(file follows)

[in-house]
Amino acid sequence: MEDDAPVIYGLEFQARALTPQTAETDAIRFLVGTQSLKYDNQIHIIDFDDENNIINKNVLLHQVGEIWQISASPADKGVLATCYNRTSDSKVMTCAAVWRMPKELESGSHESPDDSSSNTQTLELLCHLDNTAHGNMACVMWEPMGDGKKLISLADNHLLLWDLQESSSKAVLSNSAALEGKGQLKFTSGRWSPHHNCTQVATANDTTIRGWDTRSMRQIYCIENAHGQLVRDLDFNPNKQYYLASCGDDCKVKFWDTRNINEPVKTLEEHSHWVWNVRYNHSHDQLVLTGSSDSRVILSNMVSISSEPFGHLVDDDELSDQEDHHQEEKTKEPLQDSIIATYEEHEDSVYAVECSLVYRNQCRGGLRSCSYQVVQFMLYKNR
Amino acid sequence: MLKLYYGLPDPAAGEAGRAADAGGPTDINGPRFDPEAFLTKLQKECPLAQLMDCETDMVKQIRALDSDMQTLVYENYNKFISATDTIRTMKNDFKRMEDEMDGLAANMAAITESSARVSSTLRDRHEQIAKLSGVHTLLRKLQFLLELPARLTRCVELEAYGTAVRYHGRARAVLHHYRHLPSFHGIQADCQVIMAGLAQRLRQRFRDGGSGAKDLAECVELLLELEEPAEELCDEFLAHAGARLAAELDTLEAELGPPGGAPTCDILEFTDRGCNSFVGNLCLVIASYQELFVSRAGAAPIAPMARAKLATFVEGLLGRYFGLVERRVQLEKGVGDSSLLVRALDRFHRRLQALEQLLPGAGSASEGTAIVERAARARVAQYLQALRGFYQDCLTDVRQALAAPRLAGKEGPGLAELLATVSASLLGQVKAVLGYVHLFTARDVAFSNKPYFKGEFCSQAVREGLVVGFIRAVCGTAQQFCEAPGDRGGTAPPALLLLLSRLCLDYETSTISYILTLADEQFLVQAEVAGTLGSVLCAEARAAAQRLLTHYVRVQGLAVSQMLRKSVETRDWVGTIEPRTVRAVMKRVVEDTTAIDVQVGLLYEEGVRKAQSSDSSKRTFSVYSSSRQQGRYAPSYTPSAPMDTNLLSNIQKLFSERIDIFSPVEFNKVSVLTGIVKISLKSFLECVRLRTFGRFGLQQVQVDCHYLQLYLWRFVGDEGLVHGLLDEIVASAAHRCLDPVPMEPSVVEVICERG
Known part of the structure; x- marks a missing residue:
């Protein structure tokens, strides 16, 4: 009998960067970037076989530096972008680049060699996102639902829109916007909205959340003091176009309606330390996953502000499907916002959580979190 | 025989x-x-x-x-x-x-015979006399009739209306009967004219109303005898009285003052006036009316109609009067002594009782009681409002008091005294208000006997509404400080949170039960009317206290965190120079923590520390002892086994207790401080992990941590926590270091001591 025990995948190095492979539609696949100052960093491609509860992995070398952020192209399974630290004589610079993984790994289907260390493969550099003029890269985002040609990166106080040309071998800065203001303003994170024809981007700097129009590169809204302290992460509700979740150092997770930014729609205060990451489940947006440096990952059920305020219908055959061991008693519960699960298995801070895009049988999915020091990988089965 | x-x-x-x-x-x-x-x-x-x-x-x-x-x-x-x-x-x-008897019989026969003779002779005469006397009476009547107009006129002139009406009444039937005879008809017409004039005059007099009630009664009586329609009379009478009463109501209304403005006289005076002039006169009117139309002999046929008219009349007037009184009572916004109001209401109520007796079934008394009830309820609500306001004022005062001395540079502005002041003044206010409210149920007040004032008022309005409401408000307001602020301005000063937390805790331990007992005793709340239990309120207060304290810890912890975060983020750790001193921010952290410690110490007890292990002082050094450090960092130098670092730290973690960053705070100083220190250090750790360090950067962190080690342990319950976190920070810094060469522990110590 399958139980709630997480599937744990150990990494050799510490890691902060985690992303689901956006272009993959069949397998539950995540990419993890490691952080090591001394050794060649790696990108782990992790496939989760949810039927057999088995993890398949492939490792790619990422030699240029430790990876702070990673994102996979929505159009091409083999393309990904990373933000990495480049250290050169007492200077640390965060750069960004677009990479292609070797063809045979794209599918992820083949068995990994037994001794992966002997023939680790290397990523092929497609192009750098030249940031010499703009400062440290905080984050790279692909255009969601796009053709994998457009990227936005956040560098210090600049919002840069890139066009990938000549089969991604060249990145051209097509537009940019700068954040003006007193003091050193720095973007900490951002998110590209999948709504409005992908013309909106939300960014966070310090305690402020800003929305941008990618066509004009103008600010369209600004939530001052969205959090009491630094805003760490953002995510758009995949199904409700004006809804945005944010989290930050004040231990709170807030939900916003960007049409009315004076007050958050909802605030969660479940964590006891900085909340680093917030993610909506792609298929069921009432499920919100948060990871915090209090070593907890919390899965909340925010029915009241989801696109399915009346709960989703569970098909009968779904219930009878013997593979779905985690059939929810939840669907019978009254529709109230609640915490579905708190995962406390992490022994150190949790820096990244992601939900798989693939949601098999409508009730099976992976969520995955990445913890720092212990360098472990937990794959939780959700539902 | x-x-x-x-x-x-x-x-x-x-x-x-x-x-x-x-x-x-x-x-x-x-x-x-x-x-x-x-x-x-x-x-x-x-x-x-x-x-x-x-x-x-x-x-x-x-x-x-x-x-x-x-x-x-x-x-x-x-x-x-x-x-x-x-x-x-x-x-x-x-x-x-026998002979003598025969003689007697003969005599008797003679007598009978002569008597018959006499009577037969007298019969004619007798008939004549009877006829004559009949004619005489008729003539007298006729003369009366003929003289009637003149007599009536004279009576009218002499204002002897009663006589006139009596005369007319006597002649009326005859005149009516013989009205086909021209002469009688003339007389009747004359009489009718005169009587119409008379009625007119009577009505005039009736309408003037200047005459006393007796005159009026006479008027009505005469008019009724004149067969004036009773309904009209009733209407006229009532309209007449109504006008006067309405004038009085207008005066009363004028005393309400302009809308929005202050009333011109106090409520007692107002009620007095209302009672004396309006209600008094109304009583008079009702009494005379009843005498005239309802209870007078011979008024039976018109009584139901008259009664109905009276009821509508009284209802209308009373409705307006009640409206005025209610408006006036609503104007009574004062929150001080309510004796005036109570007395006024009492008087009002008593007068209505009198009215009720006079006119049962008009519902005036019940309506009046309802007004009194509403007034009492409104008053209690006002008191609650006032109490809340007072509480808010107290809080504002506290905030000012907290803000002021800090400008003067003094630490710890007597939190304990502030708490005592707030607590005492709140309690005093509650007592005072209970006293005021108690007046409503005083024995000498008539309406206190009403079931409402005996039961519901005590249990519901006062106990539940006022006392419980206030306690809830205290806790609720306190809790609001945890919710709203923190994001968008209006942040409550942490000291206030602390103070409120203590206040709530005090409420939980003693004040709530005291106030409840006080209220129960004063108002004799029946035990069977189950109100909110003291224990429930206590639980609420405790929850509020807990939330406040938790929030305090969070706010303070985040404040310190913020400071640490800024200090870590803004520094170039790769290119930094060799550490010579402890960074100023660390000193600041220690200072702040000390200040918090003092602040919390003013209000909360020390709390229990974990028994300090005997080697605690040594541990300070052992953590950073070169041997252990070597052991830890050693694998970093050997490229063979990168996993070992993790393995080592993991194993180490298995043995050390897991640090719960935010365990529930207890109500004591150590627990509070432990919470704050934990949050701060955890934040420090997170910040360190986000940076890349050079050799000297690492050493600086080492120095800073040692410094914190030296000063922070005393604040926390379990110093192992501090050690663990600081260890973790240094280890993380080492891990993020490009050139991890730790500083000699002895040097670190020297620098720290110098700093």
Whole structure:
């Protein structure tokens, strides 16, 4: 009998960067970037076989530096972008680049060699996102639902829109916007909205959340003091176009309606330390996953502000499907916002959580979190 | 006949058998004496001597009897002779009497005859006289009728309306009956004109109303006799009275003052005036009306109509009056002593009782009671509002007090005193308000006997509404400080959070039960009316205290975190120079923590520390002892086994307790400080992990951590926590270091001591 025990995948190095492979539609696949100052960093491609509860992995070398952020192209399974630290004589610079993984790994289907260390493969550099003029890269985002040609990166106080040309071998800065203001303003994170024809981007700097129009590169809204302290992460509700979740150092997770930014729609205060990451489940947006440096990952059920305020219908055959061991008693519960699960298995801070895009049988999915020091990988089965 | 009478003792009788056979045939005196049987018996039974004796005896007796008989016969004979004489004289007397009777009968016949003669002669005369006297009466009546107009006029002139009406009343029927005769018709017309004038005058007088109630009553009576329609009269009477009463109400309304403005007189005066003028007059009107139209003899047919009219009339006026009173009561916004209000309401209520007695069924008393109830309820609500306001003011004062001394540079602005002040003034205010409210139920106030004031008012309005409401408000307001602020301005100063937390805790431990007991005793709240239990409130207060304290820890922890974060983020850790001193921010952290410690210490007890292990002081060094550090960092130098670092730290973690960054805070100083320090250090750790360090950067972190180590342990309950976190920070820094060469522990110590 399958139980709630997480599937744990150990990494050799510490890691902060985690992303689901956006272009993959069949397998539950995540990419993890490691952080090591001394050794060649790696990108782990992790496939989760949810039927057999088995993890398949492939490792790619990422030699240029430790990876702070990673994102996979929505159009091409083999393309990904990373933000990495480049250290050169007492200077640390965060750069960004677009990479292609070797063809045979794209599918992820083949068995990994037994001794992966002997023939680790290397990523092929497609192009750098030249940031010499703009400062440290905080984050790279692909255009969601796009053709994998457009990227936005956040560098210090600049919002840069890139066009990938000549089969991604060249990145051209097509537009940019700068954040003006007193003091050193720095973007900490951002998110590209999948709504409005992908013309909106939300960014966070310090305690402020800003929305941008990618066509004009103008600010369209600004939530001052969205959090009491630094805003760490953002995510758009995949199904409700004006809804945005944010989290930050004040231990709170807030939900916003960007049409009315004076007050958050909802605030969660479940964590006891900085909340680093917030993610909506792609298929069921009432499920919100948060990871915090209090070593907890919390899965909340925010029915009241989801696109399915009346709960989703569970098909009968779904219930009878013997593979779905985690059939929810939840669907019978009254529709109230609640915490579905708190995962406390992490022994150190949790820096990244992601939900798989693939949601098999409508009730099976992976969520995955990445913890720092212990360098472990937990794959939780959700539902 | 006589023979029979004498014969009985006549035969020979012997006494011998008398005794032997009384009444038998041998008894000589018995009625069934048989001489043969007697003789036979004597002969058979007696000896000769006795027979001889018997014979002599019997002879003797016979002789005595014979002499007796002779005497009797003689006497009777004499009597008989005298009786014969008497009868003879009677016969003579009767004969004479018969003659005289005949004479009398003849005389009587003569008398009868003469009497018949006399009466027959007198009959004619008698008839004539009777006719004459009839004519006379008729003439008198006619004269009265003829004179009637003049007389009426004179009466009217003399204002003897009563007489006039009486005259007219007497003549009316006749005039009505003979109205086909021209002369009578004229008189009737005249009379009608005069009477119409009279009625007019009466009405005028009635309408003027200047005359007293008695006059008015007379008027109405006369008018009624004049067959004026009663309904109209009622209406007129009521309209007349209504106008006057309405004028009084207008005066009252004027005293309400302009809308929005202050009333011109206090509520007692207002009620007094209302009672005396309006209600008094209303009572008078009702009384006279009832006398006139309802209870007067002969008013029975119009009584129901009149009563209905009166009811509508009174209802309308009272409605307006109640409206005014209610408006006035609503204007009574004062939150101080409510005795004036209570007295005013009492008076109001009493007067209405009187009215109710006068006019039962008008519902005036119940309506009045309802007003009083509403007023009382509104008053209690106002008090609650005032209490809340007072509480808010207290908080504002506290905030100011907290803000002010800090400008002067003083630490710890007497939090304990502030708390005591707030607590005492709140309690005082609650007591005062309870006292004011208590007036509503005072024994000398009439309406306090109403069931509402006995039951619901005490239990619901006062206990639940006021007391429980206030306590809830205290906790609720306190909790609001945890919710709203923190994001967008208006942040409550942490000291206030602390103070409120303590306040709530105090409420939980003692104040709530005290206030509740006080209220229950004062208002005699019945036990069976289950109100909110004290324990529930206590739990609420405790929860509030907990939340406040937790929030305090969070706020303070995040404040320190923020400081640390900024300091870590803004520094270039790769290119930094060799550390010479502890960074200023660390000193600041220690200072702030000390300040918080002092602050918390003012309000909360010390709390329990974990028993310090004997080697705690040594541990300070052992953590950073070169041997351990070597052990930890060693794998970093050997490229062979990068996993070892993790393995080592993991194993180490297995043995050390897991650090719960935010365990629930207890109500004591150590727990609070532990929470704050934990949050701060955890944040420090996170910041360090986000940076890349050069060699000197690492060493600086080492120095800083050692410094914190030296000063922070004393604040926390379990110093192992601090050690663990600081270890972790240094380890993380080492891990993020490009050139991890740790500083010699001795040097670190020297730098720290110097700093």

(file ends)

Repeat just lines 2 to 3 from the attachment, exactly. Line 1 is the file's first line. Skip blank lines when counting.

Amino acid sequence: MEDDAPVIYGLEFQARALTPQTAETDAIRFLVGTQSLKYDNQIHIIDFDDENNIINKNVLLHQVGEIWQISASPADKGVLATCYNRTSDSKVMTCAAVWRMPKELESGSHESPDDSSSNTQTLELLCHLDNTAHGNMACVMWEPMGDGKKLISLADNHLLLWDLQESSSKAVLSNSAALEGKGQLKFTSGRWSPHHNCTQVATANDTTIRGWDTRSMRQIYCIENAHGQLVRDLDFNPNKQYYLASCGDDCKVKFWDTRNINEPVKTLEEHSHWVWNVRYNHSHDQLVLTGSSDSRVILSNMVSISSEPFGHLVDDDELSDQEDHHQEEKTKEPLQDSIIATYEEHEDSVYAVECSLVYRNQCRGGLRSCSYQVVQFMLYKNR
Amino acid sequence: MLKLYYGLPDPAAGEAGRAADAGGPTDINGPRFDPEAFLTKLQKECPLAQLMDCETDMVKQIRALDSDMQTLVYENYNKFISATDTIRTMKNDFKRMEDEMDGLAANMAAITESSARVSSTLRDRHEQIAKLSGVHTLLRKLQFLLELPARLTRCVELEAYGTAVRYHGRARAVLHHYRHLPSFHGIQADCQVIMAGLAQRLRQRFRDGGSGAKDLAECVELLLELEEPAEELCDEFLAHAGARLAAELDTLEAELGPPGGAPTCDILEFTDRGCNSFVGNLCLVIASYQELFVSRAGAAPIAPMARAKLATFVEGLLGRYFGLVERRVQLEKGVGDSSLLVRALDRFHRRLQALEQLLPGAGSASEGTAIVERAARARVAQYLQALRGFYQDCLTDVRQALAAPRLAGKEGPGLAELLATVSASLLGQVKAVLGYVHLFTARDVAFSNKPYFKGEFCSQAVREGLVVGFIRAVCGTAQQFCEAPGDRGGTAPPALLLLLSRLCLDYETSTISYILTLADEQFLVQAEVAGTLGSVLCAEARAAAQRLLTHYVRVQGLAVSQMLRKSVETRDWVGTIEPRTVRAVMKRVVEDTTAIDVQVGLLYEEGVRKAQSSDSSKRTFSVYSSSRQQGRYAPSYTPSAPMDTNLLSNIQKLFSERIDIFSPVEFNKVSVLTGIVKISLKSFLECVRLRTFGRFGLQQVQVDCHYLQLYLWRFVGDEGLVHGLLDEIVASAAHRCLDPVPMEPSVVEVICERG